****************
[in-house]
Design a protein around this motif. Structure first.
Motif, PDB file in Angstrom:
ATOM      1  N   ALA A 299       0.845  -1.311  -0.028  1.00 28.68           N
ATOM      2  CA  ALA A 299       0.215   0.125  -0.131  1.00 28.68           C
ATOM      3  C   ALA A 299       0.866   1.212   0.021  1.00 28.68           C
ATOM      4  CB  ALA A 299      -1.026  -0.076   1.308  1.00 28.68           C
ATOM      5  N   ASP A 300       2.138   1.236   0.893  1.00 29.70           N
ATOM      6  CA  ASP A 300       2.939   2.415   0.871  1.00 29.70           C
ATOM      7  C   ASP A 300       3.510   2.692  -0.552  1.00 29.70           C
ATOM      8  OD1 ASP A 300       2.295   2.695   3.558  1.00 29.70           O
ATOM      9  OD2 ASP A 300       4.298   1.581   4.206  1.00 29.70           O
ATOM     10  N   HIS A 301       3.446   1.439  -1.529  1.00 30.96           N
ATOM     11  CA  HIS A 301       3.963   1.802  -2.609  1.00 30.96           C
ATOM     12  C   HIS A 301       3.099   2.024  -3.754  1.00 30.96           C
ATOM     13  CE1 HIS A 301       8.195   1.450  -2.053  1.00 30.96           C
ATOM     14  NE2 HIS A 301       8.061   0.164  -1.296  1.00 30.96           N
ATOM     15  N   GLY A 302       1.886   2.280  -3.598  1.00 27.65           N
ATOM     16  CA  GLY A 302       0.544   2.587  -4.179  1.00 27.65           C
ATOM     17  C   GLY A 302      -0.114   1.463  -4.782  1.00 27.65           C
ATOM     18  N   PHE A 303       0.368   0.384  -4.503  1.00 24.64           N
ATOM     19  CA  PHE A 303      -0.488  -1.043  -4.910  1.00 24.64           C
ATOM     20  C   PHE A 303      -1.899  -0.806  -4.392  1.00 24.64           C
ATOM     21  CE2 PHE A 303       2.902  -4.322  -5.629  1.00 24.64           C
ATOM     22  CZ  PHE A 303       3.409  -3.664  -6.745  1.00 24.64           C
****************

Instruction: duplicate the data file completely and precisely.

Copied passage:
[in-house]
Design a protein around this motif. Structure first.
Motif, PDB file in Angstrom:
ATOM      1  N   ALA A 299       0.845  -1.311  -0.028  1.00 28.68           N
ATOM      2  CA  ALA A 299       0.215   0.125  -0.131  1.00 28.68           C
ATOM      3  C   ALA A 299       0.866   1.212   0.021  1.00 28.68           C
ATOM      4  CB  ALA A 299      -1.026  -0.076   1.308  1.00 28.68           C
ATOM      5  N   ASP A 300       2.138   1.236   0.893  1.00 29.70           N
ATOM      6  CA  ASP A 300       2.939   2.415   0.871  1.00 29.70           C
ATOM      7  C   ASP A 300       3.510   2.692  -0.552  1.00 29.70           C
ATOM      8  OD1 ASP A 300       2.295   2.695   3.558  1.00 29.70           O
ATOM      9  OD2 ASP A 300       4.298   1.581   4.206  1.00 29.70           O
ATOM     10  N   HIS A 301       3.446   1.439  -1.529  1.00 30.96           N
ATOM     11  CA  HIS A 301       3.963   1.802  -2.609  1.00 30.96           C
ATOM     12  C   HIS A 301       3.099   2.024  -3.754  1.00 30.96           C
ATOM     13  CE1 HIS A 301       8.195   1.450  -2.053  1.00 30.96           C
ATOM     14  NE2 HIS A 301       8.061   0.164  -1.296  1.00 30.96           N
ATOM     15  N   GLY A 302       1.886   2.280  -3.598  1.00 27.65           N
ATOM     16  CA  GLY A 302       0.544   2.587  -4.179  1.00 27.65           C
ATOM     17  C   GLY A 302      -0.114   1.463  -4.782  1.00 27.65           C
ATOM     18  N   PHE A 303       0.368   0.384  -4.503  1.00 24.64           N
ATOM     19  CA  PHE A 303      -0.488  -1.043  -4.910  1.00 24.64           C
ATOM     20  C   PHE A 303      -1.899  -0.806  -4.392  1.00 24.64           C
ATOM     21  CE2 PHE A 303       2.902  -4.322  -5.629  1.00 24.64           C
ATOM     22  CZ  PHE A 303       3.409  -3.664  -6.745  1.00 24.64           C